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Reg E – Protecting and preventing consumers falling for social engineering scams – what does it mean for banks?

Reg E – Protecting and preventing consumers falling for social engineering scams – what does it mean for banks?

By Rob Campbell, Head of Industry and Product Marketing at Callsign

At the beginning of June 2021, the Consumer Financial Protection Bureau (CFPB) published a document clarifying the implications of Regulation E (Reg E) within the Electronic Fund Transfer Act (EFTA).

Reg E provides protection for consumers who fall victim to ‘unauthorized Electronic Fund Transfers’ (EFT), requiring banks to offer the victim compensation for any losses incurred.

Unauthorized EFTs are a catch all term, but it is commonly applied to situations where purchases have been made on a customer’s card after it has been stolen, or erroneous invoices have been charged directly to a customer’s bank account.

The June guidance clarified the Reg E provisions, specifically calling out the need for banks to protect consumers who fall victim to specific types of social engineering fraud.

The law states (and the regulator has emphasized) that banks must offer Reg E compliant resolutions to consumers who are tricked into handing over account details, passwords, pins etc. to scammers who later use this information to access the customer’s account and make payments from it.

This is potentially a huge clarification of policy, which will have vast implications for consumers, as well as fraud experts in the financial services industry.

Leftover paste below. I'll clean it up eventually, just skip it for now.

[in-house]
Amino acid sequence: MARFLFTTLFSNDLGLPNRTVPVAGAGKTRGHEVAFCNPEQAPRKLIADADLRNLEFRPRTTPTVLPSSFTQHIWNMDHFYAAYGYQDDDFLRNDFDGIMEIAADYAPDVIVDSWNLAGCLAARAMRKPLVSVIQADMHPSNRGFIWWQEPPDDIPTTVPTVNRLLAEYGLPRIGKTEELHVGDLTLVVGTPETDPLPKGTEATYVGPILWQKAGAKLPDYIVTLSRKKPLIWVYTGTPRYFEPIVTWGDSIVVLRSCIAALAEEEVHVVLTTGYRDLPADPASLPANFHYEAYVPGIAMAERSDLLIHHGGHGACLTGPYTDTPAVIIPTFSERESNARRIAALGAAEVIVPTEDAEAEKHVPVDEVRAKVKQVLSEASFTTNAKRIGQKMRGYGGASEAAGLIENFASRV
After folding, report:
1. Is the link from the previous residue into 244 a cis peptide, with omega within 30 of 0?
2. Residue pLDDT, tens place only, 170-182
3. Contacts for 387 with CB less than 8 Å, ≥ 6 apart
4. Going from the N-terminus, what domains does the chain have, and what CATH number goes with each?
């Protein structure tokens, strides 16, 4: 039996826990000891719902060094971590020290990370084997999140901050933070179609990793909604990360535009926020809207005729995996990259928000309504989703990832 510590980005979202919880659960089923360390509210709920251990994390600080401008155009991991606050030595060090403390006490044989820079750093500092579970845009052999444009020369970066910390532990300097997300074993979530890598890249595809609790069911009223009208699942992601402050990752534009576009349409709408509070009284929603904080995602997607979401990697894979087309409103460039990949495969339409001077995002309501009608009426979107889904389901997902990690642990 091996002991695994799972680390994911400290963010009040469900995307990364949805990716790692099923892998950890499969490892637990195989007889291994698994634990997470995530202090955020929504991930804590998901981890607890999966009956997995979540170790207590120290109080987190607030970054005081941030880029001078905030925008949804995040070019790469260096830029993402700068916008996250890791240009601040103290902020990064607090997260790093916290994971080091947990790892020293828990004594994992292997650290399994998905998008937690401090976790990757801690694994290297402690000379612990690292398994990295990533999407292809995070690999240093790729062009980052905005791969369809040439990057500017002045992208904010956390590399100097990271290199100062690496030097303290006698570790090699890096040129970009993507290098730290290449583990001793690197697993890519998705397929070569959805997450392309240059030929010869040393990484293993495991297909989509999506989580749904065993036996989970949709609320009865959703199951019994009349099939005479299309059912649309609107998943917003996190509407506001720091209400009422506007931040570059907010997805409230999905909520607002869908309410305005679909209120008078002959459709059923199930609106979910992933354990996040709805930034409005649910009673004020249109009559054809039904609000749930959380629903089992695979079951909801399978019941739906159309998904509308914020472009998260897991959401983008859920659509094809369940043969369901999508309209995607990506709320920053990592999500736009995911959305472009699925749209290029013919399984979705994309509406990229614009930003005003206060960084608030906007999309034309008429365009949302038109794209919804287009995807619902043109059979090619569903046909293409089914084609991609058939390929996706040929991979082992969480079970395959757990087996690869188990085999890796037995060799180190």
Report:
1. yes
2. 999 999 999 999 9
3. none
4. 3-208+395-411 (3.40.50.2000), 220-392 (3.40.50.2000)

Before Reg E clarification was given, many banks had been unwilling to compensate consumers who had fallen victim to this type of social engineering fraud because they believed it was either out of the scope of Reg E or, they didn’t have to provide recourse because the victim had been negligent handing over account access details to fraudsters.

The regulation clearly states even when a consumer is tricked into sharing account access details with a third party who then uses that information to make an EFT, the transfer is unauthorized. Furthermore, consumer behavior that may constitute negligence doesn’t have an effect on the consumer’s liability for unauthorized transfers under Reg E.

How can banks get ready for Reg E guidance?

There are two key things banks need to prepare for regarding Reg E clarification. Firstly, banks will need to prepare for the potential rise in Reg E claims from consumers. The regulation stipulates specific response times that must be met by banks when settling disputes with customers. Making sure that their dispute resolution systems can meet any increase in consumer claims is critical for the bank to comply with Reg E, but also helps protect their reputation.

Banks will also need to take time to inform and educate customer service teams on the new requirements of Reg E so that customers are aware of their rights.

Secondly, banks need to minimize their exposure to this particular type of social engineering fraud, which is becoming more common around the world.